“Beacons installed at select Citibank branch locations use Bluetooth technology to allow eligible customers gain cardless entry into ATM lobbies after hours using their iPhone or Apple Watch,” said a Gimbal representative. “Citi customers who opt in can also receive location-based customized messaging. Attached is an illustration of the features.”

Citibank’s use of beacon technology is just the latest in a series of new technologies the bank is rolling out and exploring, Gimbal noted. At Citi Smart Banking branches, customers can use iPads and enhanced ATMs to conduct transactions typically reserved for bank tellers. The bank also launched a voice biometrics solution to seamlessly and automatically verify a customer’s identity within the first few seconds of a customer’s call, in addition to testing biometric, cardless ATMs.

GeoMarketing’s Beacon Test

In comparison to biometrics, using beacons to open a door to mobile users after hours is a fairly simple use case, though the Bluetooth devices are also being configured to send users “light messaging.”

In a quick test that GeoMarketing took on Friday, we found that a beacon-triggered notification mentioning that we were in proximity to 52nd St. branch popped up on our iPhone roughly half a block away from the entrance. The message then offered to unlock the door with the tap of a button within the message several paces away from the branch. (A later test near the same branch saw the same message pop up on our Apple Watch as we turned the corner from 6th Avenue on to 52nd St.)

A Patient Approach

Citibank estimates that roughly 450,000 of its customers are eligible. But as it looks to seeing how — or whether — to bring beacon technology to its roughly  U.S. branch network, the company plans to continue its deliberate approach.

For one thing, it will take time to educate Citibank branch staffs about the beacon usage, though the banks will use Gimbal’s Series 21 beacons, which cost roughly $30 and run on four AA batteries that can charge the devices for close to two years.

Educating consumers will also take some time. For example, in order for the beacon door-unlock function to work, an app user’s location services setting must be switched to “always” in order for the Bluetooth signal to reach the smartphone before the consumer approaches the branch.

Still, while at least one study has indicated that most people have never even heard of a beacon, that may not be an issue for Citibank as the other industries above continue to advance the use of location technology.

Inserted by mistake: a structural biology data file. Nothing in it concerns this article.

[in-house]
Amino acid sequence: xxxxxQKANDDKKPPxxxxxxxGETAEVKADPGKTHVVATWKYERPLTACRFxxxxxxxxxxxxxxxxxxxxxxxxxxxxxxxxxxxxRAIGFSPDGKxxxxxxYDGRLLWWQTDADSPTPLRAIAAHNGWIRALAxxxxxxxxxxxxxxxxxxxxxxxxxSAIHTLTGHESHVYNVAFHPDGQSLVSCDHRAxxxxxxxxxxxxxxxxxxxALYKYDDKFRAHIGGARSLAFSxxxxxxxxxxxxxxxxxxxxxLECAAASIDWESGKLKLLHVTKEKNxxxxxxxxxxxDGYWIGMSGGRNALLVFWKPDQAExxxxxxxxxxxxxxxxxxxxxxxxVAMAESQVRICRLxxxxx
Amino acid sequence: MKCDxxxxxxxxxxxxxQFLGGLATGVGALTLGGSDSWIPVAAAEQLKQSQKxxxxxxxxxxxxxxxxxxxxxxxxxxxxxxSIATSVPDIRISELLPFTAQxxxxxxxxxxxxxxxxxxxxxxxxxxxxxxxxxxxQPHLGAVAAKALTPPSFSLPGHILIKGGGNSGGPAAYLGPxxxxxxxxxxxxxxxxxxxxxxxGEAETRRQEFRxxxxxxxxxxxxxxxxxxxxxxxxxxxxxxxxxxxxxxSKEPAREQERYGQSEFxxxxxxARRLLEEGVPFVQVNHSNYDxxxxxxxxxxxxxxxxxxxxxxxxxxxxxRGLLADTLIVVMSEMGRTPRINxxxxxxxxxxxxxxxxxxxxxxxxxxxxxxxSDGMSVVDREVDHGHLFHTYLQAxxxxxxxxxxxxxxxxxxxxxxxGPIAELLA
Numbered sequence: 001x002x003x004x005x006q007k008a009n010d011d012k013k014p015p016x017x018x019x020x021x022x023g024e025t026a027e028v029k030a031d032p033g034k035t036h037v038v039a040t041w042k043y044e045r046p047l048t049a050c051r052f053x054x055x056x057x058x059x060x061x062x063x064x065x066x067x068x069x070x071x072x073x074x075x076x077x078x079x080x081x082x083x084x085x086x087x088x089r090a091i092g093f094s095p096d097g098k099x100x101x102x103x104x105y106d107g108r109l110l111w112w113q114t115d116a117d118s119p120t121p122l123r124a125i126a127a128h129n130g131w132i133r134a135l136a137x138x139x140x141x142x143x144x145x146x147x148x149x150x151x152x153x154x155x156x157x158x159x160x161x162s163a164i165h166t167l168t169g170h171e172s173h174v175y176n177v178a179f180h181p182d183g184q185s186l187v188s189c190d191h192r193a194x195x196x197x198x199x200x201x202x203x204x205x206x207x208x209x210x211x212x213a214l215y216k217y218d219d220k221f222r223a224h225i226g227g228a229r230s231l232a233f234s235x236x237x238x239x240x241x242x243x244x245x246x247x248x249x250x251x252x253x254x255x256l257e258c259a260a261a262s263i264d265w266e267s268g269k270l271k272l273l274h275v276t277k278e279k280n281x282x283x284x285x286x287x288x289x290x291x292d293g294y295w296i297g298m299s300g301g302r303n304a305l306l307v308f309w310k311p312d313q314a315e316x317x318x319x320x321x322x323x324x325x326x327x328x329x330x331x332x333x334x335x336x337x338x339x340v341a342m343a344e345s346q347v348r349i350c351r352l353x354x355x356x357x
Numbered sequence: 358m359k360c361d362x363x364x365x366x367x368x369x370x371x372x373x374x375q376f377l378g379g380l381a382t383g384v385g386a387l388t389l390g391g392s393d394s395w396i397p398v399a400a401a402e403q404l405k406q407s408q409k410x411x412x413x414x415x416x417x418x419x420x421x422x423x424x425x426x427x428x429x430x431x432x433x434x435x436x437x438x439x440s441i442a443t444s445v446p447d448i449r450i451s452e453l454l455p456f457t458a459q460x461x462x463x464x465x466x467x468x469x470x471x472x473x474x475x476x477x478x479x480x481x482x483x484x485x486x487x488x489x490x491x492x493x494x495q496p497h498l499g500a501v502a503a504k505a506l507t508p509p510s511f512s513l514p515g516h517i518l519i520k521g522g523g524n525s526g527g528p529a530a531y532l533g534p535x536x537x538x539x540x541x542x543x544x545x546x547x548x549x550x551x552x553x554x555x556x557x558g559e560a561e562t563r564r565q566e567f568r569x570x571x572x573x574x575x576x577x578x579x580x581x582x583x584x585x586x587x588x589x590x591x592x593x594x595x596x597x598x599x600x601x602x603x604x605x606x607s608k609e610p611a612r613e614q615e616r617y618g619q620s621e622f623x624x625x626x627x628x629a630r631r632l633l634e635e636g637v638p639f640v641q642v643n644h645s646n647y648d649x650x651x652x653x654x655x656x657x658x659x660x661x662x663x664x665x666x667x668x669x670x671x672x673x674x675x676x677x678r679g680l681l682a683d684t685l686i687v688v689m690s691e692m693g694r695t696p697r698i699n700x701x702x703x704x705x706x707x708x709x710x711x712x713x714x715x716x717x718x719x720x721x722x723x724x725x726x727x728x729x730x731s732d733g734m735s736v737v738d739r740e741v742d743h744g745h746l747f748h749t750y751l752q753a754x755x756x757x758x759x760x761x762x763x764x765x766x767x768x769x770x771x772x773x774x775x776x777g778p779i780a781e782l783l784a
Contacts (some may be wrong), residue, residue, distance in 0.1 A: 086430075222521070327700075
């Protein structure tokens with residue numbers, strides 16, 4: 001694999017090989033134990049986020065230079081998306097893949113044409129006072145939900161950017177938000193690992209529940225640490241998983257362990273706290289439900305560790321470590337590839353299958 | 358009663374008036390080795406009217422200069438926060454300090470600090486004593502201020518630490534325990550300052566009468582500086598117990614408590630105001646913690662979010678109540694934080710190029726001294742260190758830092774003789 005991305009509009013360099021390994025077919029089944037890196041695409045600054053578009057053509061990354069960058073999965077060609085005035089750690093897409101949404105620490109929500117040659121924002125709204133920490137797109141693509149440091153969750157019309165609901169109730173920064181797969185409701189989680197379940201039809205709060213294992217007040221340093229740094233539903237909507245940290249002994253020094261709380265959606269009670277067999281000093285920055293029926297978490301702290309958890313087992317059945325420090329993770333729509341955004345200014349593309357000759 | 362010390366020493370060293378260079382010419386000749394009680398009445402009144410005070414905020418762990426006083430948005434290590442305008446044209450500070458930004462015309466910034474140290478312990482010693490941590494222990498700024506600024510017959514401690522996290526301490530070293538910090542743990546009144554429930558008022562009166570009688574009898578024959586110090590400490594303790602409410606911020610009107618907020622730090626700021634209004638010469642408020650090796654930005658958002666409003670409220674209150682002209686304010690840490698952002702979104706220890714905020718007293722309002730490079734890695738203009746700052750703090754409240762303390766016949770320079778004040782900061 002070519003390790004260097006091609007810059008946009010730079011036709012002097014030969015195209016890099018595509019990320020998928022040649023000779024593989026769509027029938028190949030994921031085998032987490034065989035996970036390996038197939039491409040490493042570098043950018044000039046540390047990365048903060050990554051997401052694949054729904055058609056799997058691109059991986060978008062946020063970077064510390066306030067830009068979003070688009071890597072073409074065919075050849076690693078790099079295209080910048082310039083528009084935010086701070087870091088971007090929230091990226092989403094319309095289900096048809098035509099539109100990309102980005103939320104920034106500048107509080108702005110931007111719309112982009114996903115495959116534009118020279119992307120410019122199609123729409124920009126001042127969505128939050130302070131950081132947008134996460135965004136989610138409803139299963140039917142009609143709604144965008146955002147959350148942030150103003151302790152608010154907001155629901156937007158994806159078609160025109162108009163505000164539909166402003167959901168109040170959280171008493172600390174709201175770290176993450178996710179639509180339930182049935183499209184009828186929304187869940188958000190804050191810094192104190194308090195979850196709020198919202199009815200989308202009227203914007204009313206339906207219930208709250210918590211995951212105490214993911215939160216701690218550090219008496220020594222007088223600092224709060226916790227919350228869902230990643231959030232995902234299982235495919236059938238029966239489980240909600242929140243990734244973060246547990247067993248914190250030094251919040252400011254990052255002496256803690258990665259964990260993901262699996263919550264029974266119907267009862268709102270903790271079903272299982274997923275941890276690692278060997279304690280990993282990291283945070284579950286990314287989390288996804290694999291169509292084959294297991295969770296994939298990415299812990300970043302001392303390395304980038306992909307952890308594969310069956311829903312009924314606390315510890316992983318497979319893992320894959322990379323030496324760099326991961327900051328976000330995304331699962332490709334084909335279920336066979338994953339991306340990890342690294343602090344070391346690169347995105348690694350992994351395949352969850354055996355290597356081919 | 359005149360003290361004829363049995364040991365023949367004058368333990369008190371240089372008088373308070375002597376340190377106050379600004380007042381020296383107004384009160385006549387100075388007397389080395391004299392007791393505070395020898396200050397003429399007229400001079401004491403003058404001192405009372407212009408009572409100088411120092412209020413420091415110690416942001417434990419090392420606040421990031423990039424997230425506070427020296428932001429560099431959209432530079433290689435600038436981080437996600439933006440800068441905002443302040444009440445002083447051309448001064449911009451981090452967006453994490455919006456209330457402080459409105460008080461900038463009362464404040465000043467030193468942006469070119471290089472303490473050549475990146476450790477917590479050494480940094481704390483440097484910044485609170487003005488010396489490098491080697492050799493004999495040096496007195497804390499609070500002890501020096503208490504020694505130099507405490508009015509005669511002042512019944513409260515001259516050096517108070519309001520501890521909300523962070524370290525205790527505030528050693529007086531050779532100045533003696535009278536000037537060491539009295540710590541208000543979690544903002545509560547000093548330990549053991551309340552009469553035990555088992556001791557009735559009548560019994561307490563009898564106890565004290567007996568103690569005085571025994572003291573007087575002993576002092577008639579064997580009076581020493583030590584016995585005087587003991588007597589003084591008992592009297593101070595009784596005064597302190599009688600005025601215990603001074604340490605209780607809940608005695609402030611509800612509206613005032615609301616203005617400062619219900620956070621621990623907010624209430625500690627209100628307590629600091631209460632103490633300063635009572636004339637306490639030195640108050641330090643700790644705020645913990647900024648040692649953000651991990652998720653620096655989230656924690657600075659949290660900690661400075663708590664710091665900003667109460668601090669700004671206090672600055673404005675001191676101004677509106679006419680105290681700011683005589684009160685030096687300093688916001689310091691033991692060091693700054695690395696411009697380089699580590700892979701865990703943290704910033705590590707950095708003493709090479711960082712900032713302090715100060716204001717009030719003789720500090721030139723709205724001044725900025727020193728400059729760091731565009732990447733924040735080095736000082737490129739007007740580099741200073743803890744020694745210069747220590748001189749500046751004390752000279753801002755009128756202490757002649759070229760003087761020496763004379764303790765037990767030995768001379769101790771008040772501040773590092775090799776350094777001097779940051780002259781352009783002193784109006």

In any case, Citibank knows that the adoption of beacons by consumers will have to pass through early adopters first.

“Its not about the beacons for consumers or staffers; it’s about the experience enabled in the mobile app by the beacons that help consumer seamlessly access Citi’s ATM branch locations,” Gimbal countered. “Consumer’s don’t care that its a Bluetooth beacon that’s helping them quickly gain access to these locations. They are more interested in the utility experience they get from using the Citi mobile app.

“We endeavor to make the beacon’s unobtrusive and serving their utility purpose,” Gimbal’s rep continued. “The beacons are meant to trigger real-time engagement with the consumer that should be timely and useful.  Consumers need to be educated that the Citi mobile app provides additional benefits beyond mobile banking as it now enables access into deployed ATM branches.

“Thankfully, our beacons are easily installed, and once they are in, there is practically no maintenance involved,” Gimbal concluded. “With beacons that are either powered by USB ports or have with multi-year battery life, once the product is deployed, corporate can easily manage and view performance from their beacon networks remotely. For the consumer side, as long as it (1) works for them and (2) they understand what they need to do to participate (e.g., opt-in, keep bluetooth on, etc.) that should be all they need.”

Ultimately, as the convenience of door unlocking and other features become commonplace, so will the realization that beacons are about sending alerts and allowing consumers to choose what app tools and messages they want. After all, as more consumers come to rely on location-tech connections at Starbucks and Rite Aid, they’ll come to demand the same abilities from their banking apps.

In the meantime, as consumers continue the frustrating process of opening a bank’s door with repeated swipes to get to an ATM, the desire to use their phone for that and other digital-to-physical functions are expected to become gradually more natural and expected.

About The Author
David Kaplan David Kaplan @davidakaplan

A New York City-based journalist for over 20 years, David Kaplan is managing editor of A former editor and reporter at AdExchanger, paidContent, Adweek and MediaPost.